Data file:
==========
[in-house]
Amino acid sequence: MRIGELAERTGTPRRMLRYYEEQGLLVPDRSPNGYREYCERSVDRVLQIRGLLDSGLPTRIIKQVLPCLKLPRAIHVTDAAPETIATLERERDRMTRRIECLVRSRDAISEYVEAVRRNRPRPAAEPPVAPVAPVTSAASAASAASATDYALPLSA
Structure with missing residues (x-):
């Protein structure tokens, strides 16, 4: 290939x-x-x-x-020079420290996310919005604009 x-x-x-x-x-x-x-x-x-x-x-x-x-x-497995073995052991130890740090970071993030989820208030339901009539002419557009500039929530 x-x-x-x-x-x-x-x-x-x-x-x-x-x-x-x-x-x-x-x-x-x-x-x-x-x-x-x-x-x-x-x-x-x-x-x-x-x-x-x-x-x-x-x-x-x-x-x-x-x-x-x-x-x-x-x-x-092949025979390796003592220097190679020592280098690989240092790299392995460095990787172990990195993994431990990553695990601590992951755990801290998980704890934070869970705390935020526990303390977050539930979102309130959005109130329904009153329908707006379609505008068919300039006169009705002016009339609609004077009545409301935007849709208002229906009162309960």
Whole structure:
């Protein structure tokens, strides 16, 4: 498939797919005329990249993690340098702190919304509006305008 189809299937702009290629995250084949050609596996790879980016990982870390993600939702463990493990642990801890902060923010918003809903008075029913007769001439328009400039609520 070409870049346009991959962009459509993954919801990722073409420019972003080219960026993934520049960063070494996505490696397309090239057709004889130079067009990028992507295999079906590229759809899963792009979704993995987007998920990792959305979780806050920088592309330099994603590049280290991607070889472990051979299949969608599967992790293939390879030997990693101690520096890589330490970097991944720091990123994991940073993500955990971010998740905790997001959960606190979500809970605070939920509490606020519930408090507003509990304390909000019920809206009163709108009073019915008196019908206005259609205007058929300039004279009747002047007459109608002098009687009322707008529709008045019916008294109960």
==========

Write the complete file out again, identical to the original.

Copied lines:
[in-house]
Amino acid sequence: MRIGELAERTGTPRRMLRYYEEQGLLVPDRSPNGYREYCERSVDRVLQIRGLLDSGLPTRIIKQVLPCLKLPRAIHVTDAAPETIATLERERDRMTRRIECLVRSRDAISEYVEAVRRNRPRPAAEPPVAPVAPVTSAASAASAASATDYALPLSA
Structure with missing residues (x-):
């Protein structure tokens, strides 16, 4: 290939x-x-x-x-020079420290996310919005604009 x-x-x-x-x-x-x-x-x-x-x-x-x-x-497995073995052991130890740090970071993030989820208030339901009539002419557009500039929530 x-x-x-x-x-x-x-x-x-x-x-x-x-x-x-x-x-x-x-x-x-x-x-x-x-x-x-x-x-x-x-x-x-x-x-x-x-x-x-x-x-x-x-x-x-x-x-x-x-x-x-x-x-x-x-x-x-092949025979390796003592220097190679020592280098690989240092790299392995460095990787172990990195993994431990990553695990601590992951755990801290998980704890934070869970705390935020526990303390977050539930979102309130959005109130329904009153329908707006379609505008068919300039006169009705002016009339609609004077009545409301935007849709208002229906009162309960």
Whole structure:
């Protein structure tokens, strides 16, 4: 498939797919005329990249993690340098702190919304509006305008 189809299937702009290629995250084949050609596996790879980016990982870390993600939702463990493990642990801890902060923010918003809903008075029913007769001439328009400039609520 070409870049346009991959962009459509993954919801990722073409420019972003080219960026993934520049960063070494996505490696397309090239057709004889130079067009990028992507295999079906590229759809899963792009979704993995987007998920990792959305979780806050920088592309330099994603590049280290991607070889472990051979299949969608599967992790293939390879030997990693101690520096890589330490970097991944720091990123994991940073993500955990971010998740905790997001959960606190979500809970605070939920509490606020519930408090507003509990304390909000019920809206009163709108009073019915008196019908206005259609205007058929300039004279009747002047007459109608002098009687009322707008529709008045019916008294109960």